My measurements found a roughly 30% drop going from full power (labeled Bright), down to ECO mode. Many projectors drop 25% to 35% when switching into their Eco mode.

The Optoma UHD35 has three lamp modes, Dynamic, ECO, and Bright. This means it will measure nearer Bright mode when it’s fed white for measurement. The UHD35 uses TI’s Dynamic Black, which is a plus.


Optoma has done a really good job making sure that blacks do look more black on the UHD35. You can see what I mean in the slideshow above. You'll see that blacks are clean, and you can also see a decent amount of contrast in the images, which allows details in the darker areas to be viewed.


Below are images of a variety of videos and photos in 4K and HD resolution. Like all our photos, they remain unadjusted for color, so they don’t look as good as those the projector produced.

I was able to find a wide variety of streaming content available in 4K HDR because Disney+ and HBO Max have both begun streaming a variety of movies in 4K HDR. The majority of available, scripted content is still produced in High Definition, and since it’s likely to be produced in HD for years to come, good 4K upscaling will continue to be important. This projector’s upscaling is excellent. Whether I was watching 720P sports content or 1080p Blu-ray content, it all looked very good.

Streaming and HDTV

I watched a wide range of content, both Standard and High Definition. The Optoma UHD35 does a more than acceptable job of upscaling HD content to 4K. In a lot of cases, it was hard to tell if I was looking at a 4K movie playing on HBO Max or an HD movie playing on Disney+, upscaled to 4K. Images from Blu-ray were slightly more crisp with fewer compression artifacts, while still providing a lot of detail that you don't see on smaller displays. YouTube content played really well. The Optoma UHD35 does an excellent job with a variety of streamed content from Standard Definition, all the way up to 4K Ultra HD. This makes it a good choice for a home theater projector that's also going to function as the core home entertainment device.


The UHD35 has a 10-watt internal speaker. The built-in speaker is a mono speaker which I think is a miss from Optoma for a gaming projector. Competitors like BenQ offer built-in stereo sound in their gaming projector. A mono speaker can’t give you the immersive sound that a stereo-based sound system can. When it came to the overall sound quality, the UHD35 speaker sounded like it got better than the Optoma UHD50X that I recently reviewed. The built-in speaker still has a limited dynamic range while the majority of the audio range is mid and treble, but Optoma has managed to squeeze some mid bass from the speaker. Also, the volume increases more uniformly. I also noticed far less clipping than in my previous review.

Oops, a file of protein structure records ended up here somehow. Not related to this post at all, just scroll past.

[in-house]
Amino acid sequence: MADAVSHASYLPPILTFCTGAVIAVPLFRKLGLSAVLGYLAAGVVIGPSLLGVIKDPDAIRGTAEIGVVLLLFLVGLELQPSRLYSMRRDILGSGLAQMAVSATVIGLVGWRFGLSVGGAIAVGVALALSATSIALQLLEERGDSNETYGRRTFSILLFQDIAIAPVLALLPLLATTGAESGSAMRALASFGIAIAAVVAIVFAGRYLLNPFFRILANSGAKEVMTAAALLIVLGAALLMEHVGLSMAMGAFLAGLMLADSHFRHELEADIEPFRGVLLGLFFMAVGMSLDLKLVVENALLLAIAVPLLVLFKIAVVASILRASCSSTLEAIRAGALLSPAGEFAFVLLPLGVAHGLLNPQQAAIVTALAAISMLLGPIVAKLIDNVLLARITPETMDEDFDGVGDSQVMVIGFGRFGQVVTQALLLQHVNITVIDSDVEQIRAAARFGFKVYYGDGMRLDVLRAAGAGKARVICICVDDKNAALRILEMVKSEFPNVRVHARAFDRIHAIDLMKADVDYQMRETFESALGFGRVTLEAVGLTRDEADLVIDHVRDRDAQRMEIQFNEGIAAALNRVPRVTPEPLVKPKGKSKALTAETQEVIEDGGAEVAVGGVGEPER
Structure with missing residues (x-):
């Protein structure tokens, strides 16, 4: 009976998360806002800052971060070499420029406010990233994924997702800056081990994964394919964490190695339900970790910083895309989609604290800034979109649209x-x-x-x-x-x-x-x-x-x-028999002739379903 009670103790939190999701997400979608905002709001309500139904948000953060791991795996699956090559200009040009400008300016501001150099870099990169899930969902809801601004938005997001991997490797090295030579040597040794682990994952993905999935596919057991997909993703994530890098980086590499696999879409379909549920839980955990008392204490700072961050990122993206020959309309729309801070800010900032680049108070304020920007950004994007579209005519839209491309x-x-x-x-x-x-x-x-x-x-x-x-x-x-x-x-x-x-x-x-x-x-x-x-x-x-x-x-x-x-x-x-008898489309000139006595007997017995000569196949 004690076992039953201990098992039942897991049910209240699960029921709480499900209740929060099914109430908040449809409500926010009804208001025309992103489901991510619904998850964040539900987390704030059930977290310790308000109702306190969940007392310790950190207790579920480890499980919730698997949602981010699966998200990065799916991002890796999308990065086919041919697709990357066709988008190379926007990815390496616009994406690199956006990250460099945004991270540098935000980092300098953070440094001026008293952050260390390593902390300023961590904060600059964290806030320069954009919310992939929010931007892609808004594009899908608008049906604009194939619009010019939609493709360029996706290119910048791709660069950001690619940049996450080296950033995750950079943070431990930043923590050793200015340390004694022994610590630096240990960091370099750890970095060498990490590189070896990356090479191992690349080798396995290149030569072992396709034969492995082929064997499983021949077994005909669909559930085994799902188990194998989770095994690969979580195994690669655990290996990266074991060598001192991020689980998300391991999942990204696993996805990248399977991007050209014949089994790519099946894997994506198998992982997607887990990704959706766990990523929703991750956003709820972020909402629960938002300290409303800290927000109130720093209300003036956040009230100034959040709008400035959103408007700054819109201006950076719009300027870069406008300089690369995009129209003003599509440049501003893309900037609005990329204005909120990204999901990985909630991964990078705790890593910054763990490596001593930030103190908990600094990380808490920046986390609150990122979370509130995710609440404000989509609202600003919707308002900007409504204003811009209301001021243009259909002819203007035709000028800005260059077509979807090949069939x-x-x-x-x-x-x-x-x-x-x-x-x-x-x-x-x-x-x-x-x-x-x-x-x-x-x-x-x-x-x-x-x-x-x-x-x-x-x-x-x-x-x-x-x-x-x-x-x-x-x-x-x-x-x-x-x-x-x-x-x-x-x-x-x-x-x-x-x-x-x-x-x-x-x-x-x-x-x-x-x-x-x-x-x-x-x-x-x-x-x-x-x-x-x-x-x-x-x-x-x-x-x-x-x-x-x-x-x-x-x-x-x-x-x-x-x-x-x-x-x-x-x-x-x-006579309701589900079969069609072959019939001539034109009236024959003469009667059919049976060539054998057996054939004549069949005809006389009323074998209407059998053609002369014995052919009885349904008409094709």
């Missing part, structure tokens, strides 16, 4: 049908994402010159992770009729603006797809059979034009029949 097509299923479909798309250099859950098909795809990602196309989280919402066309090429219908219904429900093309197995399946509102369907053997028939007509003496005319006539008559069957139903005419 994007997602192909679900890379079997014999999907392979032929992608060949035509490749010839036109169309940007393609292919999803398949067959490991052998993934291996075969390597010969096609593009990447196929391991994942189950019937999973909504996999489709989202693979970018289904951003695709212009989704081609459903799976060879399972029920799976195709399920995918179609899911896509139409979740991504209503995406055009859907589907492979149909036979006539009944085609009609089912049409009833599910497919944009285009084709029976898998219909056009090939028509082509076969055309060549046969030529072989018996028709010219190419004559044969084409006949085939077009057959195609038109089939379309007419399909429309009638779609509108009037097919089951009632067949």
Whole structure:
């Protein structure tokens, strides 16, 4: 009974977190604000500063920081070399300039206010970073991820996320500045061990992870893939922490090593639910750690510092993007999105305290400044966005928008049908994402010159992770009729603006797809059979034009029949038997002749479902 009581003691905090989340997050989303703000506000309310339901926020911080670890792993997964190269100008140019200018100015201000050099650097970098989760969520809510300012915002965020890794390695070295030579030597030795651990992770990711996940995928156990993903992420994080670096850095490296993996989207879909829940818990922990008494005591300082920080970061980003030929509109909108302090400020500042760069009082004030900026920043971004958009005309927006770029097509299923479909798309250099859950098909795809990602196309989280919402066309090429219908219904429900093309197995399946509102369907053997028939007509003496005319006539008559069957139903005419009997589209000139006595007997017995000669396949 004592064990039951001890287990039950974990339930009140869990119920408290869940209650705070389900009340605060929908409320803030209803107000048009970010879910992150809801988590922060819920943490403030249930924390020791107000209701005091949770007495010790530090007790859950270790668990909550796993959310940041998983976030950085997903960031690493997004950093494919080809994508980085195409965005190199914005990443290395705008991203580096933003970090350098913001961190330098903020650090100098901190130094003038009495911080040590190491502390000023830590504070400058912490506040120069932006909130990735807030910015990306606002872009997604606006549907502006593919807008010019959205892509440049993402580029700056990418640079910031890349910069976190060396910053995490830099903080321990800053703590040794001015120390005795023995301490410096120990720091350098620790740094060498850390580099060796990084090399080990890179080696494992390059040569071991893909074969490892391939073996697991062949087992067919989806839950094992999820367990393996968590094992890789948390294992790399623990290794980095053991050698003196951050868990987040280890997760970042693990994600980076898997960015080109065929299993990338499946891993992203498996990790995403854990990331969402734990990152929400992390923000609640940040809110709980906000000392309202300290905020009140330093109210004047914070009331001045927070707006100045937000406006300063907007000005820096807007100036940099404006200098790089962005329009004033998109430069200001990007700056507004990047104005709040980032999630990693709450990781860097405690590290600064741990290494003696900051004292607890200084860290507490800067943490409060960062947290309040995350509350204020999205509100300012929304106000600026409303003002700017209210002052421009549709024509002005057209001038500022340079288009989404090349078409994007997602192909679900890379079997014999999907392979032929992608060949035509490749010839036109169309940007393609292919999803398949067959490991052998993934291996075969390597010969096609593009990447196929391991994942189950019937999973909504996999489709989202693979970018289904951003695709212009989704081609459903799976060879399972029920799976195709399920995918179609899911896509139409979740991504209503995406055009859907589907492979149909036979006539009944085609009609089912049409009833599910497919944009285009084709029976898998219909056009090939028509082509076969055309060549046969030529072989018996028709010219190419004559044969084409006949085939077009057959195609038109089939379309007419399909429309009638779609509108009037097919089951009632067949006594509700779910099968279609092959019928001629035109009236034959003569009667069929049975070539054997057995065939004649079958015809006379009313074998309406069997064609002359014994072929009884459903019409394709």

I still think Optoma, and other projector manufacturers, need to take notice and realize that a really good-looking picture, which this projector does have, is only half the equation. Optoma could have done a better job with the sound, taking into account that a gaming projector is often taken from location to location and has to depend on the built-in audio of the projector. Optoma improved the mono speaker experience, but really, who cares? It’s 2021, and a gaming projector should have a stereo sound system, at a minimum.


Nothing has changed from my UHD50X review. Optoma lists the UHD35 fan noise as 26db in ECO mode, which is pretty quiet, but here’s the rub. Put the projector in Bright mode, and the noise level goes well above 30db. The reason I don’t have a number for anything but ECO mode is that Optoma just took it off the product spec sheet. Let's just say that it becomes very noticeable, especially during quiet scenes. When I turned on the Dynamic Black mode, I found the increase in fan noise to be distracting at times.

Here’s another welcome improvement in the UHD35. The distortion that was being reproduced in silent or low audio moments is gone. Awesome, Optoma! No clicks, pops, and squelch noises. Just the audio you are meant to hear.